The safeguards needed to ensure the equitable operation of any system of payment by results include- (1) safeguards relating to the introduction of the system, (2) safeguards relating to the operation of the system.
Systems of payment by results are to be applied in an equitable and reasonable manner. The health and safety of the workers may suffer if the task is set too high. Again, inequities may result if some workers are able to earn considerably more than their colleagues. Further, workers may be tempted to neglect security regulations while on piece work.
When such a system is applied the interest of both employers and employees require to be protected by suitable provisions in collective agreements. Unless a system of payment by results in applied equitably from both the management’s and the workers’ points of view, good industrial relations will be difficult to secure or maintain.
Distrust between management and workers and friction among the workers themselves may prevent the system from functioning properly, may lead to wasteful strikes, or may even force the complete abandonment of the system.
The PBR has many advantages:
(a) It pays the workmen according to their efficiency as reflected in the amount of work turned out by them;
(b) It involves less supervision as the workers are not likely to while away their time;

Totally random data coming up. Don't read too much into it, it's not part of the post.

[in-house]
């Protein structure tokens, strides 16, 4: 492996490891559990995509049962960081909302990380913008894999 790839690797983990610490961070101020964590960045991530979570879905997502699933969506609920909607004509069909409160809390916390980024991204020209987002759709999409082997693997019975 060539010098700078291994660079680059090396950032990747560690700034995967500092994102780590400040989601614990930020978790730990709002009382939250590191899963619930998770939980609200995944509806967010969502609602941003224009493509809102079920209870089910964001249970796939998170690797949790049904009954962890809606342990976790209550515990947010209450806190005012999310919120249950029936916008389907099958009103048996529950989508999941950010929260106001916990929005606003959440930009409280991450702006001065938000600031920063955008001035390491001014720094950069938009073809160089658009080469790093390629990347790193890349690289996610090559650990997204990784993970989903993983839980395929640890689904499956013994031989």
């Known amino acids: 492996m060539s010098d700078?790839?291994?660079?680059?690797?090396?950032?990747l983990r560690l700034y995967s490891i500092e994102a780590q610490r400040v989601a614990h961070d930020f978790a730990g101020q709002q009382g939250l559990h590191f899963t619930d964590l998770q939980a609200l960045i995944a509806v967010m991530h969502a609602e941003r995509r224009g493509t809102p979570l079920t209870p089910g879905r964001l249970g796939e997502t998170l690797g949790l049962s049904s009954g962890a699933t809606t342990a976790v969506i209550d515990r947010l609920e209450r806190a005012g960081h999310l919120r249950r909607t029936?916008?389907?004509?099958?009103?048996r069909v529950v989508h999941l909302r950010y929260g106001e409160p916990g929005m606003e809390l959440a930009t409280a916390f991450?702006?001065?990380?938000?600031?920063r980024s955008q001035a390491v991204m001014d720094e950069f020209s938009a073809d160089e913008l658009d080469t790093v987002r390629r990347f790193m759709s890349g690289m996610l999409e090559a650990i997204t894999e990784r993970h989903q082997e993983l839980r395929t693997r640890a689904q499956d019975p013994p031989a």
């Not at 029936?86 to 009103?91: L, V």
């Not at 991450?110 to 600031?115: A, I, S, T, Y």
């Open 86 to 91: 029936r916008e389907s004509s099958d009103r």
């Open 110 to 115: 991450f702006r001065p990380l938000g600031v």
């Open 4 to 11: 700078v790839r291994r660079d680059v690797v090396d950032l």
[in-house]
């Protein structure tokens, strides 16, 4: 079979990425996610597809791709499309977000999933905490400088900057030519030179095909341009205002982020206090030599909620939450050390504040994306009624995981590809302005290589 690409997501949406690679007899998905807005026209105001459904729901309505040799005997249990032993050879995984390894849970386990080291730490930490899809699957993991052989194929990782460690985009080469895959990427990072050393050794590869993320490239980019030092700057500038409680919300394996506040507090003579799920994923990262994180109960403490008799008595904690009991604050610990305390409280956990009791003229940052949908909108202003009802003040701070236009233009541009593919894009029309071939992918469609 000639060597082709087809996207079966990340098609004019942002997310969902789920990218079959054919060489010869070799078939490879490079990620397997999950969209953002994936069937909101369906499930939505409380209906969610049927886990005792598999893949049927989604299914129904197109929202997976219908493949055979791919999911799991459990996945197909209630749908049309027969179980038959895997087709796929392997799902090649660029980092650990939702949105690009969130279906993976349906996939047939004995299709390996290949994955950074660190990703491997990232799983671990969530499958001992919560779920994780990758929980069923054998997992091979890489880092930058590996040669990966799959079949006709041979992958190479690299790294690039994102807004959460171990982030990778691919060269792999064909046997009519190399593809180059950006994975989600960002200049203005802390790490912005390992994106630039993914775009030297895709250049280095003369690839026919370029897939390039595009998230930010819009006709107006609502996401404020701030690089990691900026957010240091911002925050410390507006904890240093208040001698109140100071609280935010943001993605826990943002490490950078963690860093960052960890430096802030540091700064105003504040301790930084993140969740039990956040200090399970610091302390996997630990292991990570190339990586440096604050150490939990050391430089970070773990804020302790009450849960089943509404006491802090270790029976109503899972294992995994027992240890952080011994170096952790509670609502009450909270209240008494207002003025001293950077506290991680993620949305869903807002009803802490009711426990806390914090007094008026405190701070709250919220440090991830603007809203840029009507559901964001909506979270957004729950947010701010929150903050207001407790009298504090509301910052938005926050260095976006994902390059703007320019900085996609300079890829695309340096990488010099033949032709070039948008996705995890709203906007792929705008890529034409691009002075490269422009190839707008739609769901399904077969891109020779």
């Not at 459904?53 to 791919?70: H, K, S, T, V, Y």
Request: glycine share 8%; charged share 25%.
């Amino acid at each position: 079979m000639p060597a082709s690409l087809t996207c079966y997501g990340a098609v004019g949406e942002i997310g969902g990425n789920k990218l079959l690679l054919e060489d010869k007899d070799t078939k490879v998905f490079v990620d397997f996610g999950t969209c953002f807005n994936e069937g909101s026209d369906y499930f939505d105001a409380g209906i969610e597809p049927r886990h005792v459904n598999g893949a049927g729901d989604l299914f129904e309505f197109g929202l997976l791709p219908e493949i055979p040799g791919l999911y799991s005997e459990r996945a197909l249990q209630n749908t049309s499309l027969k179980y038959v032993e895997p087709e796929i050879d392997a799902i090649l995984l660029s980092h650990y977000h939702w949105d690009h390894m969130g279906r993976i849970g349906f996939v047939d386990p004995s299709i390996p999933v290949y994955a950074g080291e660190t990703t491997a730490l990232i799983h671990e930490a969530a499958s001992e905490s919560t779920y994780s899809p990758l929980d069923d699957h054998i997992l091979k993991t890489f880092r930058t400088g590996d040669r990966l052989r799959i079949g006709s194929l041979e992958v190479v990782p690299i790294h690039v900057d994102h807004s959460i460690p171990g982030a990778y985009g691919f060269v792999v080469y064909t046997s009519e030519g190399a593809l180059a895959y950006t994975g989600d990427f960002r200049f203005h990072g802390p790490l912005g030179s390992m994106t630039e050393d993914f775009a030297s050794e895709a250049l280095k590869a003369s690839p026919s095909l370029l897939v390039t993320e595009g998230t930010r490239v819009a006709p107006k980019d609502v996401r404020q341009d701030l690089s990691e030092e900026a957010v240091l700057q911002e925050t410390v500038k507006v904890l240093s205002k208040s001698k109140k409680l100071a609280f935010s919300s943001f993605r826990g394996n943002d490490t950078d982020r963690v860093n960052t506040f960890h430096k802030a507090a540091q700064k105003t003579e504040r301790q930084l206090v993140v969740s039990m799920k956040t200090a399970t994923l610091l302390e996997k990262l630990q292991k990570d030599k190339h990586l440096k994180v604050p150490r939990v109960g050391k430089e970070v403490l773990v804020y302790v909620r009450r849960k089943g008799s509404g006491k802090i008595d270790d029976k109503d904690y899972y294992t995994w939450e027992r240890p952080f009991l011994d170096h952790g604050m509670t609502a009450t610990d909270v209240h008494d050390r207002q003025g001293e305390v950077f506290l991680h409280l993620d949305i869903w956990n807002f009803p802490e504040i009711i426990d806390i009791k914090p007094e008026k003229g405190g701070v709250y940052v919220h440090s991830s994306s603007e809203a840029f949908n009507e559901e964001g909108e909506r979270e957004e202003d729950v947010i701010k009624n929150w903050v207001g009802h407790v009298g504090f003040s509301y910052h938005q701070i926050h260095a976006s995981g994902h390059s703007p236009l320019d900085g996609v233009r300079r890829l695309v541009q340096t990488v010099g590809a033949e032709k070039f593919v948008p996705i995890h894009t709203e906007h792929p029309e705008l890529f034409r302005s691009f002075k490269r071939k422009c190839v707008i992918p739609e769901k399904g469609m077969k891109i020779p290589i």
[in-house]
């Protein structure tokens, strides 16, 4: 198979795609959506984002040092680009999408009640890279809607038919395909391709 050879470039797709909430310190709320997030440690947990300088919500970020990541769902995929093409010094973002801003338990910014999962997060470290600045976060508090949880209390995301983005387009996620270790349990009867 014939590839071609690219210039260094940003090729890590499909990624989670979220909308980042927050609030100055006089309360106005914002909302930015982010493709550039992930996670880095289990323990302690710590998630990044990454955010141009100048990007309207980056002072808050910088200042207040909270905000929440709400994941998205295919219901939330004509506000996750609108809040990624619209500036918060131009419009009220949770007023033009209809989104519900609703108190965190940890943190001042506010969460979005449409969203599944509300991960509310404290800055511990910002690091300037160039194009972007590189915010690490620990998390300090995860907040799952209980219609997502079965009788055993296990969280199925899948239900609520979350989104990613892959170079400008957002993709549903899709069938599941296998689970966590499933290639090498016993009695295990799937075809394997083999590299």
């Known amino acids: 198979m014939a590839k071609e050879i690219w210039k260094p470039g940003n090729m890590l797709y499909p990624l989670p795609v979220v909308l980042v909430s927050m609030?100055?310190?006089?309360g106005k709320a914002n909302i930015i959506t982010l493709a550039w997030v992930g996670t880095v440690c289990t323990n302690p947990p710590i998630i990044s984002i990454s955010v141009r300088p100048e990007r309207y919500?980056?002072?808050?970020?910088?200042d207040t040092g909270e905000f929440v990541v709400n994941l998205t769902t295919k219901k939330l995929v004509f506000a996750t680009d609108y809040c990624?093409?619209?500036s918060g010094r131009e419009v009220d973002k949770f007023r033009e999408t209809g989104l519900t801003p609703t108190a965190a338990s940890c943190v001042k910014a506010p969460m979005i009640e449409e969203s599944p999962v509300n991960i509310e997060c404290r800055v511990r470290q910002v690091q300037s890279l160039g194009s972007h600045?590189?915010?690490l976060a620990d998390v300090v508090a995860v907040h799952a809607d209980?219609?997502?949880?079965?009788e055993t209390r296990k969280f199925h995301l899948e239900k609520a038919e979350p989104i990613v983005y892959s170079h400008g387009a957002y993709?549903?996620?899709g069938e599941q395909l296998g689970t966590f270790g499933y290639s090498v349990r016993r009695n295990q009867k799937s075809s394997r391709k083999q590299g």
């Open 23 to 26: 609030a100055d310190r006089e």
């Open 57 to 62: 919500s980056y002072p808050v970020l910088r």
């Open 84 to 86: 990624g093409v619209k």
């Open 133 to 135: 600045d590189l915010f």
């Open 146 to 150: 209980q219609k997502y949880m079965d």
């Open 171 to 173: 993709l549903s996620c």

(c) Being interested in the continuity of his work, a workman is likely to take greater care in the maintenance of the machine.
The demerits of this system are:
(a) A piece rate worker in his anxiety to produce more may neglect the quality of output;
(b) He may, in his desire to earn more, may work so hard as to impair his health, unmindful of the fact that this would ultimately reduce his earning power;
(c) Under this system, the worker’s earning may suffer because of causes beyond his control, such as inadequate supply of raw materials, failure of machinery, lack of demand in the market for the goods produced;
(d) Trade unions are often opposed to this system as they are of the opinion that such a system encourages rivalry among workers and endangers their solidarity in labour disputes.
The success of any system of payment by results depends in a large measure on the way in which it is introduced and applied. First, the requirement for the success of a system of payment by results is that it should be developed and applied with the agreement of the workers concerned and in an atmosphere of good industrial relations.
Second, wherever possible the methods to be followed in the introduction and application of systems of payment by results should be settled by collective bargaining between the employers and workers concerned.
Method # 4. Balance or Debt Method:
This is a combination of time and piece rate. The worker is guaranteed an hourly or a day rate with an alternative piece rate. If the earnings of a worker calculated at the piece rate exceeds the amount which he would have earned if paid on the time basis, he gets credit for the balance, namely, the excess piece rate earnings over the time rate earnings.
If the piece rate earnings are equal to his time rate earnings, the question of excess payment does not arise. Where piece rate earnings are less than time rate earnings, he is paid on the basis of the time rate; but the excess paid is carried forward as a debt against him to be recovered from any future balance of piece work earnings over time work earnings. This system pre-supposes the fixation of time and piece rates on a scientific basis. The obvious merit of this system is that an efficient worker gets an opportunity to improve his earning.
Method # 5. Incentive Rate: